Nigerian citrus sales to markets in Europe, the Middle East and Asia are said to be on the increase as the country's fruit export business, like other non-oil industries, continues to grow and improve, Eurofruit understands.
One of the world's largest producers of citrus – the contry ranks ninth in the world in terms of production with 3.25m tonnes per year – Nigeria is understood to be looking for new ways to export a range of citrus fruits, including grapefruit, lemons, limes, oranges and tangerines.
Of the country's total citrus output, around 1.65m tonnes are currently exported, with three-quarters of that volume heading for countries in the European Union.
The National Agricultural Extension and Research Liaison Services (Naerls), a government agency responsible for pushing forward innovation and development in Nigerian agriculture, estimates that the country's total citrus production is set to increase by 4.3 per cent this year, mainly as a result of new strategies put in place to avoid spoilage and wastage.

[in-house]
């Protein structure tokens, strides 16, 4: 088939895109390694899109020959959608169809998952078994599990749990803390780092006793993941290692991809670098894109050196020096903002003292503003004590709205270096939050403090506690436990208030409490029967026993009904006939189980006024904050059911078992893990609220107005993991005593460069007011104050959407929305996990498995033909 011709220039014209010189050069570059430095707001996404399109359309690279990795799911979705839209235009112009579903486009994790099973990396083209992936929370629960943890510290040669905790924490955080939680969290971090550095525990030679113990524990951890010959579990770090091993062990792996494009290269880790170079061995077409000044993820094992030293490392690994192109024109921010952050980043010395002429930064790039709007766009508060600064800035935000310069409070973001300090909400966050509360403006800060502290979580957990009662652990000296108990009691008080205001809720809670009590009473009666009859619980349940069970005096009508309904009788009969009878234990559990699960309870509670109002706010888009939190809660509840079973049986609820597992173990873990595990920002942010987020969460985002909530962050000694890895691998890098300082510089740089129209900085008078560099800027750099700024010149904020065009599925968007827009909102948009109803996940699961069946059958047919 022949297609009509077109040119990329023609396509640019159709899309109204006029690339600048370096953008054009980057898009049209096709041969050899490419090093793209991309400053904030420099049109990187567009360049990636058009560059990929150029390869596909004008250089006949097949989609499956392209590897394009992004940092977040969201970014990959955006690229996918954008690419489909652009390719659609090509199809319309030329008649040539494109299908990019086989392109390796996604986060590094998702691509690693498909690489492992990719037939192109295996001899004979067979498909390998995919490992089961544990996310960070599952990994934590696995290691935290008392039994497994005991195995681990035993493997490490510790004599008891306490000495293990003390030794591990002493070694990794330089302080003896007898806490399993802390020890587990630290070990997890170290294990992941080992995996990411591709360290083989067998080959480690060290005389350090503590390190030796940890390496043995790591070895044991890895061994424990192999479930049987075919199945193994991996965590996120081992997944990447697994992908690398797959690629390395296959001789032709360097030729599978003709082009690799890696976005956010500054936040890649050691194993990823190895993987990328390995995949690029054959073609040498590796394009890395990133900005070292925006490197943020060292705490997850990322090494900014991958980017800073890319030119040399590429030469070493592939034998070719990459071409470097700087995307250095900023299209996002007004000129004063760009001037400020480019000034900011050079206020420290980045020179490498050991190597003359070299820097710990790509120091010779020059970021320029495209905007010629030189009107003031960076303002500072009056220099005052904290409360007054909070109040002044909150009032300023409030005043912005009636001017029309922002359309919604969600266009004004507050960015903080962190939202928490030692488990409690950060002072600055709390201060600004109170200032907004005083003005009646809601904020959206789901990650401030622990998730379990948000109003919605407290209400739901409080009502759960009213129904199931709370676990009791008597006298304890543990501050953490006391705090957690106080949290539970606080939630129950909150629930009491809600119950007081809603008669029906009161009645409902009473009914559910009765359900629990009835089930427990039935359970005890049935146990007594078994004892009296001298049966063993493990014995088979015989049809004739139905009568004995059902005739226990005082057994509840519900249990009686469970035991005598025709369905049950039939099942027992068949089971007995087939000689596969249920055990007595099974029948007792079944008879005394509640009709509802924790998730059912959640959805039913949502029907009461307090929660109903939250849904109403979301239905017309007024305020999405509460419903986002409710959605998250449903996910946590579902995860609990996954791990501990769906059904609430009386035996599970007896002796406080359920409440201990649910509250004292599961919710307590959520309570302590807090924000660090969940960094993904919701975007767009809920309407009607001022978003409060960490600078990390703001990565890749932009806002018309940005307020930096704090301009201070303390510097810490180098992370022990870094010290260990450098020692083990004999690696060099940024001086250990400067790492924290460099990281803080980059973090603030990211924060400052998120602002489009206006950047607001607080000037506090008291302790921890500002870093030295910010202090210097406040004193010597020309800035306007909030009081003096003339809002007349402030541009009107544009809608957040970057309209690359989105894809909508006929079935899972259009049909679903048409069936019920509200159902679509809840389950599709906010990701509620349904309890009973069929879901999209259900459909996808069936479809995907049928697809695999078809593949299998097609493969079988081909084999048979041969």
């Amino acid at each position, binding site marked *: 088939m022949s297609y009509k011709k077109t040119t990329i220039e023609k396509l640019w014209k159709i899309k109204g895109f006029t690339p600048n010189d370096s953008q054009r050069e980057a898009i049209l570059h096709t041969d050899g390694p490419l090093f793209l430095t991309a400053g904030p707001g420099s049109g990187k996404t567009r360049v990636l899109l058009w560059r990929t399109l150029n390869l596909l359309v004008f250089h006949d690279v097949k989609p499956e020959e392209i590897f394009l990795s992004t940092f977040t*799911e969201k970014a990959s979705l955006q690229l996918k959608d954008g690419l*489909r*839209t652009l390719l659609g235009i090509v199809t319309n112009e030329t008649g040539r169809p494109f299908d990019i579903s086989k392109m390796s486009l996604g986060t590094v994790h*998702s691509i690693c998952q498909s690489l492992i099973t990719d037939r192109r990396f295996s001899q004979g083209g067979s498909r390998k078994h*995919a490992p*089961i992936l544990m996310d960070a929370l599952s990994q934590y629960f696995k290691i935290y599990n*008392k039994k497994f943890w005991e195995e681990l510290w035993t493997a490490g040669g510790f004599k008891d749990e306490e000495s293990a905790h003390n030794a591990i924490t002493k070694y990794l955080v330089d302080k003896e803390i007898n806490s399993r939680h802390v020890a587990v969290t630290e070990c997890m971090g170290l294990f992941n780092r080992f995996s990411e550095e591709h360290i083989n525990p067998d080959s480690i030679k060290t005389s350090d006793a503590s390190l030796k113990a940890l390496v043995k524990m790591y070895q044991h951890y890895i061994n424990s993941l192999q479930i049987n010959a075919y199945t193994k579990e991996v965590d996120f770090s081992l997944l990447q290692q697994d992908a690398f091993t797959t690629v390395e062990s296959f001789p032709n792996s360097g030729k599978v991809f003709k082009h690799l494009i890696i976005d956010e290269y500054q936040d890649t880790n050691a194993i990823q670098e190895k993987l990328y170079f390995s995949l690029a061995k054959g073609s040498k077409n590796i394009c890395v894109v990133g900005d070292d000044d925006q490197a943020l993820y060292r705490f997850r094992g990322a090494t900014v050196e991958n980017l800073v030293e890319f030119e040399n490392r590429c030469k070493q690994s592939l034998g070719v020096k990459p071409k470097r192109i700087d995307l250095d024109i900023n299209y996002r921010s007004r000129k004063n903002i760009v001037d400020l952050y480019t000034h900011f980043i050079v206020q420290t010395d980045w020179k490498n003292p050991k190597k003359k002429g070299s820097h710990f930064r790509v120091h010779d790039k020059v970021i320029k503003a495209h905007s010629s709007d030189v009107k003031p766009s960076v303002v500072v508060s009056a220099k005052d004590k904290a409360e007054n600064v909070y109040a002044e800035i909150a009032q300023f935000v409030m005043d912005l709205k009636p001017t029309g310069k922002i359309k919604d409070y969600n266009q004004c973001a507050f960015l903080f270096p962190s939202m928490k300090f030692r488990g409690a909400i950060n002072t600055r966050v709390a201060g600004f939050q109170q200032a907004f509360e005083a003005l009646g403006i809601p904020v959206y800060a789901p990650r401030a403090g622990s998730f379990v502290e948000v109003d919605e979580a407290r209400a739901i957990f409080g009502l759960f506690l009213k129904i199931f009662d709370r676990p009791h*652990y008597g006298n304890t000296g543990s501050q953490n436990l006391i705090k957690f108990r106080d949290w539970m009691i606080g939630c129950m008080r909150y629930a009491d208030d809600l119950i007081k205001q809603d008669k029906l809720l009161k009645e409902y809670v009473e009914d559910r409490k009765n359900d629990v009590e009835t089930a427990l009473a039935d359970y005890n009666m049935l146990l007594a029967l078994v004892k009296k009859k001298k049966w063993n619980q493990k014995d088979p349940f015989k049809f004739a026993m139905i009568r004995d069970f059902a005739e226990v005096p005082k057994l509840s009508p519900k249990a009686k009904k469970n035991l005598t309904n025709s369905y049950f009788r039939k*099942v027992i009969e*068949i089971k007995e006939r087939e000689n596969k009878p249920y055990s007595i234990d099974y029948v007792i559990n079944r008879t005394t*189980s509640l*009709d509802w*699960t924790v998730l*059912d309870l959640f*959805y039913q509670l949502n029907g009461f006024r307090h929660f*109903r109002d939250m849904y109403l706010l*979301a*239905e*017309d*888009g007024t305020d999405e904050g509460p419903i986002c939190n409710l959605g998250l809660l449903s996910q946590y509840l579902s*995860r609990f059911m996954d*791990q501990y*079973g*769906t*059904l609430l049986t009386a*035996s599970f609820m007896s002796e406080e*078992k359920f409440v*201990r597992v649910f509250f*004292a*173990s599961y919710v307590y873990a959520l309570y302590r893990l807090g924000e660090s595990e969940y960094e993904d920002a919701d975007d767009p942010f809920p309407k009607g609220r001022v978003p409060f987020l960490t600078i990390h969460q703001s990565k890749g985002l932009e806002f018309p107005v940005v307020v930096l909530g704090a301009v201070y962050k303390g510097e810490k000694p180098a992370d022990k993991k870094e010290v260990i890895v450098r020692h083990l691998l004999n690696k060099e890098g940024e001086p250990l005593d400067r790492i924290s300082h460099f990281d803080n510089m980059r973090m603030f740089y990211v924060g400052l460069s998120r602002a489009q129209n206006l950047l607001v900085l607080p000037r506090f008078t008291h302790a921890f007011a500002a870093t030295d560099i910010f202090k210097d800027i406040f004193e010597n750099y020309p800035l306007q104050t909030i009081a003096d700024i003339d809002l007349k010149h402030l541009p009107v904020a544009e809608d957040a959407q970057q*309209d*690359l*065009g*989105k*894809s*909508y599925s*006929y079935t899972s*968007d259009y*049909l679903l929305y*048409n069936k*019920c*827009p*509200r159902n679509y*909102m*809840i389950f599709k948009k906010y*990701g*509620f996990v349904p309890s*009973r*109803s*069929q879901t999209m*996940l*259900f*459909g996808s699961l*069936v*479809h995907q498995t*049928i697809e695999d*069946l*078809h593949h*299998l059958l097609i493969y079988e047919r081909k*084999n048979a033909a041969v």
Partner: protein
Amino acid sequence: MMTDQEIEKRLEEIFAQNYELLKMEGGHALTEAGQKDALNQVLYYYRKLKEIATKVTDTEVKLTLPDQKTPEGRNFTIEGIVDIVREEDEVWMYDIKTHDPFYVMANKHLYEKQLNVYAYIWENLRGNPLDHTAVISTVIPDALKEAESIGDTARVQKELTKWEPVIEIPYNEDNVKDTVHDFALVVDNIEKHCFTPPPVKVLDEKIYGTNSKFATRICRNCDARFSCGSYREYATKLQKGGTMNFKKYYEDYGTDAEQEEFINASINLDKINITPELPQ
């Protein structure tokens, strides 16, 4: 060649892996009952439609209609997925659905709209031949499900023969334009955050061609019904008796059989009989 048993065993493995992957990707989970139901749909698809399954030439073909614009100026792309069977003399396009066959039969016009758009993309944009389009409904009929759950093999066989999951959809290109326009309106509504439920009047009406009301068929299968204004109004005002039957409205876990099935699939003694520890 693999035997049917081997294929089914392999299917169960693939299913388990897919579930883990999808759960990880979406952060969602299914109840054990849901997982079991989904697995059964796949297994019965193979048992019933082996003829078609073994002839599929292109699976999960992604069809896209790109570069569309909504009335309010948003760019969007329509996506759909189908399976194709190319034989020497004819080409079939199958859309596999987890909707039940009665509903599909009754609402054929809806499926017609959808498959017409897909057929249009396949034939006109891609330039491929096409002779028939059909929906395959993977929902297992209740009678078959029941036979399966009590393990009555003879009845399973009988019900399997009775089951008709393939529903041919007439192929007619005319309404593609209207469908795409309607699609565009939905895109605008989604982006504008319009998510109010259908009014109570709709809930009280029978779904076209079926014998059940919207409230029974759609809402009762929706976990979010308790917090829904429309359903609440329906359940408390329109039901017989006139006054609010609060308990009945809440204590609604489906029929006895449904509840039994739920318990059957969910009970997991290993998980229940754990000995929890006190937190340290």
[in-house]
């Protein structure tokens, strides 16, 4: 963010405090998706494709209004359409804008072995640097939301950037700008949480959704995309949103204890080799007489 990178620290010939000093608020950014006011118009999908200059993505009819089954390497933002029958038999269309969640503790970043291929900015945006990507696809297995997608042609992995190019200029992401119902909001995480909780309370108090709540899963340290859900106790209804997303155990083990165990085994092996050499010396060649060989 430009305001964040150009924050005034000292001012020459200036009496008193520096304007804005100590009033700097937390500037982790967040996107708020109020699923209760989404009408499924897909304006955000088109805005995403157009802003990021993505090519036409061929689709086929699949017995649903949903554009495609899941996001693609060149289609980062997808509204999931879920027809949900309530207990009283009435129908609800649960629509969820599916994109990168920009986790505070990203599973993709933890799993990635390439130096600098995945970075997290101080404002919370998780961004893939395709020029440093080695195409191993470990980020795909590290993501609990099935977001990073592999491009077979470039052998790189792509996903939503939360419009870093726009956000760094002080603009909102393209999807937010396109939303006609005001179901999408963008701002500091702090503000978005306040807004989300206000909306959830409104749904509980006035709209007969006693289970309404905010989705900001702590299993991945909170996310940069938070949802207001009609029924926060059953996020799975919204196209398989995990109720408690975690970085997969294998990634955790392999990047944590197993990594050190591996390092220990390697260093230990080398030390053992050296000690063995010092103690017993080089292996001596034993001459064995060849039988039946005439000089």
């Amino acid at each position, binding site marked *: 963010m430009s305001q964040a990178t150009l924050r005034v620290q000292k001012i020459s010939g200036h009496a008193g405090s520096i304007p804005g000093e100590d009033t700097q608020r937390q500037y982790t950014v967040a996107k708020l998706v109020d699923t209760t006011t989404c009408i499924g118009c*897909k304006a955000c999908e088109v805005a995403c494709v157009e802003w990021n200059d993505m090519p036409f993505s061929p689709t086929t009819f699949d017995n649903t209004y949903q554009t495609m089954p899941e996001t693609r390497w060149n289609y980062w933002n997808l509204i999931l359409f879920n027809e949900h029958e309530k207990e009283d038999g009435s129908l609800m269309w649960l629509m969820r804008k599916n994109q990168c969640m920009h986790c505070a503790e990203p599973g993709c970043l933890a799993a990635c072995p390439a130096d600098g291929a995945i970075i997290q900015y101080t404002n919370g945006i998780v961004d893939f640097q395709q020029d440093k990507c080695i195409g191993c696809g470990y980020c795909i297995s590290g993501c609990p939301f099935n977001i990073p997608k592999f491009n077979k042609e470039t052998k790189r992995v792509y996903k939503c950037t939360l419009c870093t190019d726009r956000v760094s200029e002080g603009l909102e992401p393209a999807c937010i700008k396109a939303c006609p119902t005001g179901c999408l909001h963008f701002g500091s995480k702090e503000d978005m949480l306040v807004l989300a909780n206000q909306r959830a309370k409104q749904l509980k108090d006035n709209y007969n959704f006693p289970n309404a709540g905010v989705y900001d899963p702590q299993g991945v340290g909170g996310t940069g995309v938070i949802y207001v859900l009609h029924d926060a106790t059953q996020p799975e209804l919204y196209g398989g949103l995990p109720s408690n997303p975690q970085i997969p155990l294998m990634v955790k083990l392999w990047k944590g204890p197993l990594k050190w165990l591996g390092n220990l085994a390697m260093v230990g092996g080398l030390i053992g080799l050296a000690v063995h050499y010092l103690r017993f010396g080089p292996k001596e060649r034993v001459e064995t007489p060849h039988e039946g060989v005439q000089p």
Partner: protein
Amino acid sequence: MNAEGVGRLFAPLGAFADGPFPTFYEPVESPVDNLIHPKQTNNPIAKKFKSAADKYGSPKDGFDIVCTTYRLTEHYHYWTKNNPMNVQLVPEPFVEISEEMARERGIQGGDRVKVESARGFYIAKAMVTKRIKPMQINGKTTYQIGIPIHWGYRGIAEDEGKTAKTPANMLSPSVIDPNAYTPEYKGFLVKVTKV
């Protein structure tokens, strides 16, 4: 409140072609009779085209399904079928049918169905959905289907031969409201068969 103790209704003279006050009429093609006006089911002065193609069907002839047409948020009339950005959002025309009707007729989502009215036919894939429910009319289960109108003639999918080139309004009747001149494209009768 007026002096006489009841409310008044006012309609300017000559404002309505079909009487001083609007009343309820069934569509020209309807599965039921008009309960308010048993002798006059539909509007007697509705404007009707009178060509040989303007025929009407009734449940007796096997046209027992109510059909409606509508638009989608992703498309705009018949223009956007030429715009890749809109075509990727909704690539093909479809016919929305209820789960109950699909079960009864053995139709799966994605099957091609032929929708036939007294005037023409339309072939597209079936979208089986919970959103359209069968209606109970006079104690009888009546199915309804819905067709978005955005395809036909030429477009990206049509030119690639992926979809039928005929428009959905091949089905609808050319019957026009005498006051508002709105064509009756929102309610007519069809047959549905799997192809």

The agency says it has also developed new ways of helping farmers to store their fruit, prevent diseases and improve yields.
'Ways have been devised to help farmers and exporters produce more,' says Ismaila Ilu, director of Naerls. 'Our organisation has over 70 extension service workers who have helped many farmers purchase affordable pesticides and better storage facilities during harvest and transportation.'
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